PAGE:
The NCAA outlawed athletic dorms in 1996. But like anything, there are loopholes around it if more than half the residents are non-athletes.

If you build it, they will come. And they sprinted to Auburn’s Donahue Hall when it was completed last year. The $51 million suite-style residence hall contains 209 rooms. Nearly the entire football team lives in the building. But it conveniently houses more non-athletes.

Donahue Hall is located near Auburn’s athletic building, weight room, football practice fields, athletic academic building and wellness center.

“The team bonding is very important,” said Auburn head coach Gus Malzahn, whose team played for a national championship last season. “I told our team that’s what we were doing the very first week I was here. Some of them weren’t happy about it, but now they’re excited about it. They understand why we’re doing it. It’s to help our team.”

Most coaches around the country are in favor of isolating their teams to one living location. It limits the chances of getting in trouble and makes it easier to supervise. The NCAA’s stance on the matter is mixed. They’ve stated athletes should be part of the student population. In an era when most people believe special privileges run rampant, having athletes interact with their classmates – and deal with cold showers and modest living conditions – is not frowned upon.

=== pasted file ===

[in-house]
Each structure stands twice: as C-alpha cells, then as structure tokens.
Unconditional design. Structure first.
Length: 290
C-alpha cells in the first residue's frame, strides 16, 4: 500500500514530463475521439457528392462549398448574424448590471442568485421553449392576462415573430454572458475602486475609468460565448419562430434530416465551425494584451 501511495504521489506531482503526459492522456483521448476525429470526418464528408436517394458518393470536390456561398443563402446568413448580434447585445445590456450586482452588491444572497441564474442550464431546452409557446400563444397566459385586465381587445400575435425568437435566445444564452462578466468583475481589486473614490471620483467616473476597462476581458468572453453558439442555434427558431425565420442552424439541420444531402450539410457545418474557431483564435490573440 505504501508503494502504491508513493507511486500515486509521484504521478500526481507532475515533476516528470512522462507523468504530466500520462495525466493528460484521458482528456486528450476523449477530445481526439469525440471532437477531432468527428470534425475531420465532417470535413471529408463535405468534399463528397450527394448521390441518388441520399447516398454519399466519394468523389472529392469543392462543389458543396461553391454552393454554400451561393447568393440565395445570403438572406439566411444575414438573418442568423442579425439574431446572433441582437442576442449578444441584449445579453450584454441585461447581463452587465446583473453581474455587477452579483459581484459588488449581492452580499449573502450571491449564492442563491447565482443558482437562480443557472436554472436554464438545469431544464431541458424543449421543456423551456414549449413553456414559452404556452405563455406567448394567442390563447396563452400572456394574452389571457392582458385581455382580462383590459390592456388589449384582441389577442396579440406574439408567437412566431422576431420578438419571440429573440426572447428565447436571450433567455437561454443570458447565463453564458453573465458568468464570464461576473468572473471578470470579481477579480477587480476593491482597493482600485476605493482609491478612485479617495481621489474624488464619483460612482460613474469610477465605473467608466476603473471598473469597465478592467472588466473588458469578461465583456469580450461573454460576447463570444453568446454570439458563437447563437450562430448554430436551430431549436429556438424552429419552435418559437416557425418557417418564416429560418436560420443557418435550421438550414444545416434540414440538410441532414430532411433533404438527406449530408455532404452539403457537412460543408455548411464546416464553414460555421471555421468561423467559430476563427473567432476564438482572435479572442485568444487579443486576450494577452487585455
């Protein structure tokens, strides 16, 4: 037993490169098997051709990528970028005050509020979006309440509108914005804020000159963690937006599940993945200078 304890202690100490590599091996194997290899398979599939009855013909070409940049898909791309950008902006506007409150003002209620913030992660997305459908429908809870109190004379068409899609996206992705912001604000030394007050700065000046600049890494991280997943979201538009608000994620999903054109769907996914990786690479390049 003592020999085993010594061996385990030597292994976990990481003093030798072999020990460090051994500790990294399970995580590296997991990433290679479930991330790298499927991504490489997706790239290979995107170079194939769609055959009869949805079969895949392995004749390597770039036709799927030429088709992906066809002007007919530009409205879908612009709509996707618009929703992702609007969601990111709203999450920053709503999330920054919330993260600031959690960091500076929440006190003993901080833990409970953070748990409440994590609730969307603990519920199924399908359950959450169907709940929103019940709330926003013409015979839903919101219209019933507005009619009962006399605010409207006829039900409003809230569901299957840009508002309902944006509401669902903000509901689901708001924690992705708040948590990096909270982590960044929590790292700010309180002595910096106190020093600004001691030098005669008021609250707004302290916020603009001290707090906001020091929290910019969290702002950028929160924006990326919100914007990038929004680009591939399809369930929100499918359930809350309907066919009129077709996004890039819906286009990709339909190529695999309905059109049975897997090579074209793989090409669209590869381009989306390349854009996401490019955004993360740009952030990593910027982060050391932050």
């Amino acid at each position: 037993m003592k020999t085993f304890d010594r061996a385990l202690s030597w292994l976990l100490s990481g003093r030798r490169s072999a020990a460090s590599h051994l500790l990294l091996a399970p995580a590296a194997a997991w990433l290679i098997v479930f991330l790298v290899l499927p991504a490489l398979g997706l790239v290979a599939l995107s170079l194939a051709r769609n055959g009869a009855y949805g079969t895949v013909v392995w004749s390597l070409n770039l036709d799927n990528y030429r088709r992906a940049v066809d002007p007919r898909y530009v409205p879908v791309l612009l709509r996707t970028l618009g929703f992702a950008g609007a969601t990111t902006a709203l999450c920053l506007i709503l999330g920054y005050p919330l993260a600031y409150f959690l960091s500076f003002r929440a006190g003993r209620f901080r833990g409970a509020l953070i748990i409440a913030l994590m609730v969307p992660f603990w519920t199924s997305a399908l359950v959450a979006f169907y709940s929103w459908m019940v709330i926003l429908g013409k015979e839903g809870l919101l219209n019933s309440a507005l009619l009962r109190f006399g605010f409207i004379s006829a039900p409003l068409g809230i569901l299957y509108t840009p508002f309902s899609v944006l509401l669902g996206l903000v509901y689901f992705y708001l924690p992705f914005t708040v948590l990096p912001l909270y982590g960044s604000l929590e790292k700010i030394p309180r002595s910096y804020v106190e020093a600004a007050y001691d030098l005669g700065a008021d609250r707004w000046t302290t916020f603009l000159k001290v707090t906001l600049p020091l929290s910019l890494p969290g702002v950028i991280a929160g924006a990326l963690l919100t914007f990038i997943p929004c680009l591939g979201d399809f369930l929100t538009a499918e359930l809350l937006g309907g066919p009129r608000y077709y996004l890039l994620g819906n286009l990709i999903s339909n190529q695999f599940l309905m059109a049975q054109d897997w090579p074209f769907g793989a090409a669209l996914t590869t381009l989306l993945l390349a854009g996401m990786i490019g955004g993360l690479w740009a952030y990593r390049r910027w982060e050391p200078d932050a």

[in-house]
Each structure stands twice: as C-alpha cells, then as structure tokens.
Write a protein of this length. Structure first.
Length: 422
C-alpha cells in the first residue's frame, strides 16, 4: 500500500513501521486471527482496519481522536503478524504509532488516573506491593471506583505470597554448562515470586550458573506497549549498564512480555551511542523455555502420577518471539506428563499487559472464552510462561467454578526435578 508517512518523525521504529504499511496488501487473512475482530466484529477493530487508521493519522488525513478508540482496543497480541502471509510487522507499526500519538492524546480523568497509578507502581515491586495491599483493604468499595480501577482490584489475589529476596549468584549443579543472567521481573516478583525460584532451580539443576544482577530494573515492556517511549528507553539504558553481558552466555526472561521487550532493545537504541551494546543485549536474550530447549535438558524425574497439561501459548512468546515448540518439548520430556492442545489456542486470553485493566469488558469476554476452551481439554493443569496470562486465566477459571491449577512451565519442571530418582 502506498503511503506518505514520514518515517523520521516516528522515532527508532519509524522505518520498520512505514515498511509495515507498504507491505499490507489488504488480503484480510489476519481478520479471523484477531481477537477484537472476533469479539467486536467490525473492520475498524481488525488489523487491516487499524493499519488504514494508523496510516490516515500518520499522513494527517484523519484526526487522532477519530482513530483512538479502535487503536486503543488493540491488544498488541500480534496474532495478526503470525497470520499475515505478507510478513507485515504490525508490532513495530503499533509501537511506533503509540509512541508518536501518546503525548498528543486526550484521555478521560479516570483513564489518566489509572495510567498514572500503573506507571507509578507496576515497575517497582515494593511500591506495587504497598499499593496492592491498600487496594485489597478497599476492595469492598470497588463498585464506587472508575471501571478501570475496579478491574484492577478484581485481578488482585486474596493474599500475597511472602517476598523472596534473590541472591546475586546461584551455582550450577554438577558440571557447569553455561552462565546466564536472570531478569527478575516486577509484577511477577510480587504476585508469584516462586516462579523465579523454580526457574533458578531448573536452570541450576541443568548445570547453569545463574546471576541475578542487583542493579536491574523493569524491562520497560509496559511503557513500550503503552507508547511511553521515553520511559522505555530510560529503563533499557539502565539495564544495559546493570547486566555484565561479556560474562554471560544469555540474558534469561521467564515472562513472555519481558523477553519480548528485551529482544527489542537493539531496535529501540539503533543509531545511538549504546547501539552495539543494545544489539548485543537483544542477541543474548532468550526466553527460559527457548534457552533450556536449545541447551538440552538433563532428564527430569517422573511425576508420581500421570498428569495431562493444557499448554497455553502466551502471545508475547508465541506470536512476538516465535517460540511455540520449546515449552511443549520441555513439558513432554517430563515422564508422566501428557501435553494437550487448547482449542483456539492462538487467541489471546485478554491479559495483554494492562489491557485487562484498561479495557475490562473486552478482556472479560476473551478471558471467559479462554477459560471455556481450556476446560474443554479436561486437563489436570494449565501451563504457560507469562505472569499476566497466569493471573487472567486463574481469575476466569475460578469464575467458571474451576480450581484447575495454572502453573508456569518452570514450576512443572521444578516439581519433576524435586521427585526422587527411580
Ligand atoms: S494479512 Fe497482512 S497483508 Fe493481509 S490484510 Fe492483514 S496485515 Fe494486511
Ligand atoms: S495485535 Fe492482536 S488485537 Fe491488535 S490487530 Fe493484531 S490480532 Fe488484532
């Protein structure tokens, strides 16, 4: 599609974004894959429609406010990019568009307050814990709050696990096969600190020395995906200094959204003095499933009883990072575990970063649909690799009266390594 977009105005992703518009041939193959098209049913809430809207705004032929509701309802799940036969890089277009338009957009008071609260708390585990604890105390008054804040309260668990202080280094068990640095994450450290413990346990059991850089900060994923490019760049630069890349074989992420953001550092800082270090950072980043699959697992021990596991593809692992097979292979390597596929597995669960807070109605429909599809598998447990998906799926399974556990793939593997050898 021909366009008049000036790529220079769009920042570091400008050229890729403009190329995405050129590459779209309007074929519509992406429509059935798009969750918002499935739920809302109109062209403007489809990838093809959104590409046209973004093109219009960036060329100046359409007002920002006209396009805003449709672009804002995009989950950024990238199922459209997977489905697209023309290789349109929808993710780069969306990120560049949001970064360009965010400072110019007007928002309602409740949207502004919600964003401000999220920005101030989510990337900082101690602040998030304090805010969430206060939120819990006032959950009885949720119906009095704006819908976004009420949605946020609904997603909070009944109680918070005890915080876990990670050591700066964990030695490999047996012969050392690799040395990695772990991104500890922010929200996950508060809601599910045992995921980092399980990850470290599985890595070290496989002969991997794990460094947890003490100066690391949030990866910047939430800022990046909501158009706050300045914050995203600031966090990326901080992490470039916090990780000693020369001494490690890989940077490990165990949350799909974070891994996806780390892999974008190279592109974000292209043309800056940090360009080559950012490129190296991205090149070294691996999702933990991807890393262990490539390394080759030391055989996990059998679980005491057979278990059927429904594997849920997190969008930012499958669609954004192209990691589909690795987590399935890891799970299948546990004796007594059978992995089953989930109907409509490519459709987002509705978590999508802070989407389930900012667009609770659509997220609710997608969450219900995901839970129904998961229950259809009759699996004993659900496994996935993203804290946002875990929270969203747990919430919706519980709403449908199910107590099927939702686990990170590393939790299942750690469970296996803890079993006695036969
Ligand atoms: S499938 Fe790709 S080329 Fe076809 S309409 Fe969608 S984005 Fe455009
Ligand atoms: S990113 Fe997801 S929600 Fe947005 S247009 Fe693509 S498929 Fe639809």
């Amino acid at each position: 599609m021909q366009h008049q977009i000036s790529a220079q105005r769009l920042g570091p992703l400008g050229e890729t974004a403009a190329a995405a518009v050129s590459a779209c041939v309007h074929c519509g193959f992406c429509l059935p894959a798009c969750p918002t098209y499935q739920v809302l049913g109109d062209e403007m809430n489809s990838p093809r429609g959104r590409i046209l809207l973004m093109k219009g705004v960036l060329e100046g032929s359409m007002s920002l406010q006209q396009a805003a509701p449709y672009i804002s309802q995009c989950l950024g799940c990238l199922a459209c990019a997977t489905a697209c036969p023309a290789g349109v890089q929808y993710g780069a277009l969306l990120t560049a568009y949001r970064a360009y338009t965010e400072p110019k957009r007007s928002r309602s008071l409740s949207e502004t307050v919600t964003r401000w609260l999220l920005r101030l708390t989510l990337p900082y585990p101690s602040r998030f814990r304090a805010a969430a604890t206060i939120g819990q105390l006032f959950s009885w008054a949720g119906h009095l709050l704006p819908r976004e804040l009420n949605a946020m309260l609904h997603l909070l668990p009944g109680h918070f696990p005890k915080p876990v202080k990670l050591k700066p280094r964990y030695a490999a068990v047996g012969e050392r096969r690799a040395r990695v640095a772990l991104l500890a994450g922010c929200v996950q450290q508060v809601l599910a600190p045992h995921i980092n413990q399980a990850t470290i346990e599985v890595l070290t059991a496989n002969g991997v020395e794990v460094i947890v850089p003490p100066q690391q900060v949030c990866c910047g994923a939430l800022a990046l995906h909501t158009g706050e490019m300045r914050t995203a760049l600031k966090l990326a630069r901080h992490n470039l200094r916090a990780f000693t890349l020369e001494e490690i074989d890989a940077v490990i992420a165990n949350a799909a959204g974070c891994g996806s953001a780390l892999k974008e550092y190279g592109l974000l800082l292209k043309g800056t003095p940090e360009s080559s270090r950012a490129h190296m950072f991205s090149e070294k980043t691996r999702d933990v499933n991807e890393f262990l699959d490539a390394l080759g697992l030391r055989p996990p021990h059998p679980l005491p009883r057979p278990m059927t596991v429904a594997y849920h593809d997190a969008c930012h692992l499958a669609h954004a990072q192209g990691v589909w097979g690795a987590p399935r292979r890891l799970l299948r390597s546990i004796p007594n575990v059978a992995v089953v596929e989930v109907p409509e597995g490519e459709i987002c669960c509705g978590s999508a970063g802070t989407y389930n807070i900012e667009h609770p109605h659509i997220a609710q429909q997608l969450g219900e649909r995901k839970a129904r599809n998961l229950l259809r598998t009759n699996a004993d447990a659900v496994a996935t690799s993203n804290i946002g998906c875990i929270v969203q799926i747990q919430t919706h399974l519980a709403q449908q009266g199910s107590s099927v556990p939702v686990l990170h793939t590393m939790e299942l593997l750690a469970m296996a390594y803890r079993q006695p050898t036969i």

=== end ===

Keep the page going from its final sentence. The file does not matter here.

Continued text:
But changes could be coming. The NCAA has opened up dialogue about re-opening athletic dorms on campuses. Until decisions are made, schools will continue opening extravagant buildings meant to house athletes with some other students sprinkled in.

Oklahoma’s $75 million Headington Hall is steps away from Memorial Stadium and includes suites for more than 500 students. Over 100 of them happen to be football players, who can enjoy the game room, 75-seat movie theater and the Sam Bradford Training Table. The former Heisman Trophy-winning quarterback and running back Adrian Peterson each donated $500,000 for the project. The building is named after Tim Headington, a former Oklahoma tennis athlete, who donated $10 million.

Headington Hall occupies a full city block.

Athletic director Joe Castiglione told the Kansas City Star the project was not about “largesse” but about needs.

“We wanted to improve our situation, and I don’t think you wouldn’t do it in a first-class way if you had the chance,” he said.

Some see a shift away from academic spending for athletes, resulting in a win-at-all-costs mentality. But that’s nothing new in college sports, where winning is akin to penicillin. With spare money lying around, though, thanks to colossal TV deals, record revenue from football programs and a high return on merchandise, ADs and coaches believe it must be spent somewhere to stay one step ahead of the competition.

“In order for us to maintain and even exceed what we’ve been doing, there are certain things that have to be done,” Self said. “Bells and whistles are very, very important.”